If from time to time you find yourself stepping on kibble in the most unexpected places around your house or you wonder why your dog runs off every time you give him a treat - you are in the right place. Dogs are incredibly intelligent and caring creatures but their behavior can sometimes baffle even the most experienced dog owner. So why do our four-legged furballs run off with their food and deprive us of the pleasure that is watching them enjoy a delicious treat? Do they not trust us and think we are going to snatch it away from them and take it back? As it turns out there is more than mistrust behind this peculiar yet common behavior.
The Root of the Behavior
You would think your dog knows your intentions are pure and that you won't take back the snack you had just given him, especially since you're the one that handed him the treat in the first place. Unfortunately, it is not that simple. As soon as your dog gets his food or a treat, he views it as a valuable resource and doesn't really think about how he got it or who he received it from. Whether your canine companion lives in a multi-dog household or not, he instinctively goes into a resource-guarding mode. This is one of the primary reasons why many dogs run off with food away from their bowls to other, more secluded areas where they feel they can safely enjoy it, even if there is no real threat or competition.
The behavior is instinctual and rooted in the concept of a pack mentality. In the wild, wolves and feral dogs live and hunt in packs. However, it is the alpha males in the pack that always get priority in terms of meals, sometimes leaving very little behind. Subordinate or non-alpha dogs usually don't want to fight with the leader of the pack so they run off with whatever food they can get to avoid a possible altercation with other pack members, especially the more dominant ones. In domesticated dogs, the same situation can occur even if there is no real threat as resources are plentiful. Dogs will run off with food just in case their dog sibling shows an interest in it, tries to get him to share his portion, or even initiates a fight for it. You should not be alarmed even if your dog doesn't have any pet siblings but he runs off with his food and eats it away from his bowl. The behavior is instinctual and not something to be concerned about unless it accompanies signs of food aggression, such as growling or stiffening of the body as the dog hunches over his food.
Encouraging the Behavior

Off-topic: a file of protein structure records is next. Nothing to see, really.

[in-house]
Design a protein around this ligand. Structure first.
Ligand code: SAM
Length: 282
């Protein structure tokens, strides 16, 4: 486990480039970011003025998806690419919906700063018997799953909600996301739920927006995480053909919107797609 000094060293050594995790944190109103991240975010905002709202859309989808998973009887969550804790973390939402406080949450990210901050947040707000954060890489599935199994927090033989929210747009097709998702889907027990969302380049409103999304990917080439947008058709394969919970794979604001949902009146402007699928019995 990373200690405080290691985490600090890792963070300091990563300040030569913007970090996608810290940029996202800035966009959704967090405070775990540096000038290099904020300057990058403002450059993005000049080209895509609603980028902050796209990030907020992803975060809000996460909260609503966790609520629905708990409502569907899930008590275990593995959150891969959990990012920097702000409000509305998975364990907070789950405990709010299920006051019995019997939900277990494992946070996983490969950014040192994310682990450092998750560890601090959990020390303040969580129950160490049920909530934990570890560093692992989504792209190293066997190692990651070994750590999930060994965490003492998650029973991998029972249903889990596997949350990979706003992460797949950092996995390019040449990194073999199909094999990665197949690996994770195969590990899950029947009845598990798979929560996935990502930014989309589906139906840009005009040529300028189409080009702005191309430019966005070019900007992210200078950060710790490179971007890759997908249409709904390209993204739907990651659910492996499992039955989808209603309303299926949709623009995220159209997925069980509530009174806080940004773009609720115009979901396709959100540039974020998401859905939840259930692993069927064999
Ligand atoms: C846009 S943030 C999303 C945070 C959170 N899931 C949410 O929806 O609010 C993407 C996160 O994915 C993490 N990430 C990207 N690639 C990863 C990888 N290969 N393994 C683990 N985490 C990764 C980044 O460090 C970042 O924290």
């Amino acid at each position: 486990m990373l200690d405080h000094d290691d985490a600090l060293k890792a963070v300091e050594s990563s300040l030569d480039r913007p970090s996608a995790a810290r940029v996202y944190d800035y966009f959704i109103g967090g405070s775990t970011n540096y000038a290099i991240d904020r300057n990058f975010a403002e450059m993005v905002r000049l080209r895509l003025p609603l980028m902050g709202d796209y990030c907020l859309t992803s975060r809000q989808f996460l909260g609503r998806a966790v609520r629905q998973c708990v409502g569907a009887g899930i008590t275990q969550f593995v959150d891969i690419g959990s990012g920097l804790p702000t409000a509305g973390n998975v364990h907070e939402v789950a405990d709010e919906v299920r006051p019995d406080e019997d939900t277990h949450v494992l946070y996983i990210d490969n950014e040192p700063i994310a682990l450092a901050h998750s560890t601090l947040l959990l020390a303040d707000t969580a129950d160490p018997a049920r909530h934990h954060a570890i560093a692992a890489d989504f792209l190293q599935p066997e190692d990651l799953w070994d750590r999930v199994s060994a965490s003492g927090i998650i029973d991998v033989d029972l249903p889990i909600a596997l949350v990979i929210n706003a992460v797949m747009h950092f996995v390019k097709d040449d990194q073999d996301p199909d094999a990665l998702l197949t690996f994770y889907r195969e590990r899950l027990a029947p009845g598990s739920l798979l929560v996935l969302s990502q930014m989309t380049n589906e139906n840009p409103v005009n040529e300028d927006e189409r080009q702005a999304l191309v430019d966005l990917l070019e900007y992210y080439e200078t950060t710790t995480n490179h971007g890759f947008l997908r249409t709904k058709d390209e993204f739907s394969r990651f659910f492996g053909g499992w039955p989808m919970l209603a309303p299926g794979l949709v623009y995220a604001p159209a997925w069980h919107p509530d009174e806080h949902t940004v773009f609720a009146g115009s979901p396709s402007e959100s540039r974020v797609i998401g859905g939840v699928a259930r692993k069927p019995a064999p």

The best way to deal with the behavior is to rule out any potential triggers for it. This can be achieved by making sure your dog can eat his meal in peace and away from the other dogs in the house. This should not only reduce the likelihood of your dog moving his food around but also help him avoid rushing his meal. Eating in a hurry is, in general, very unhealthy and can increase the chance of choking. Separating the household dogs during the feeding time will lessen their worries over competition and enable them to eat slowly and enjoy their meal without any fears.
On the other hand, if one of your four-legged family members acts aggressive or overly protective of his food the behavior should not be encouraged in any way. On the contrary, as soon as you notice any signs of aggression make sure to book a consultation with a professional dog trainer who can provide you with some tips as well as train your dog the proper table manners. This is essential for not only preventing potential problems in the future but also for helping your dog familiarize himself with different circumstances and feel comfortable around other dogs even if food is present.
Other Solutions and Considerations
Another possible explanation for the quirky behavior is that your dog gets annoyed with the sound the kibble makes in his bowl. This is often the case with metal or porcelain bowls. Make sure your furry friend's collar isn't ringing against his bowl when he eats. Your canine might be running off with his food elsewhere just to avoid the noise. The clanging of the tag against the bowl is not pleasant for dogs to hear and it can even scare them. Change the bowl or remove his collar to see if that makes a difference in his behavior.
Lastly, if your dog runs off with food but doesn't actually eat it he might be storing it for later. Even though domesticated dogs usually get enough food, they still have their instinctual urges and self-preservation behavior. If your canine isn't hungry, he might run off with his meal in an attempt to hide it somewhere safe for later. Wild dogs and wolves exhibit this behavior as well, especially to prevent it from getting snatched by other members of the pack when food is scarce. If you find little piles of food scattered around the house in different locations, your dog might be doing just that.
Owning a dog can sometimes be a similar experience to having a child. You are responsible for another living being who you have to feed and take care of, who grows up to be well-behaved if you spend enough time and effort teaching him what is wrong and what is right, and who leaves around kibble instead of legos on the ground to step on. However, even with proper training, some instinctive traits will remain and thus understanding the root of the behavior is key to better understanding your furry best friend.
Written by a Shikokus lover Maria Pawluczuk
Veterinary reviewed by:
Published: 03/15/2018, edited: 01/30/2020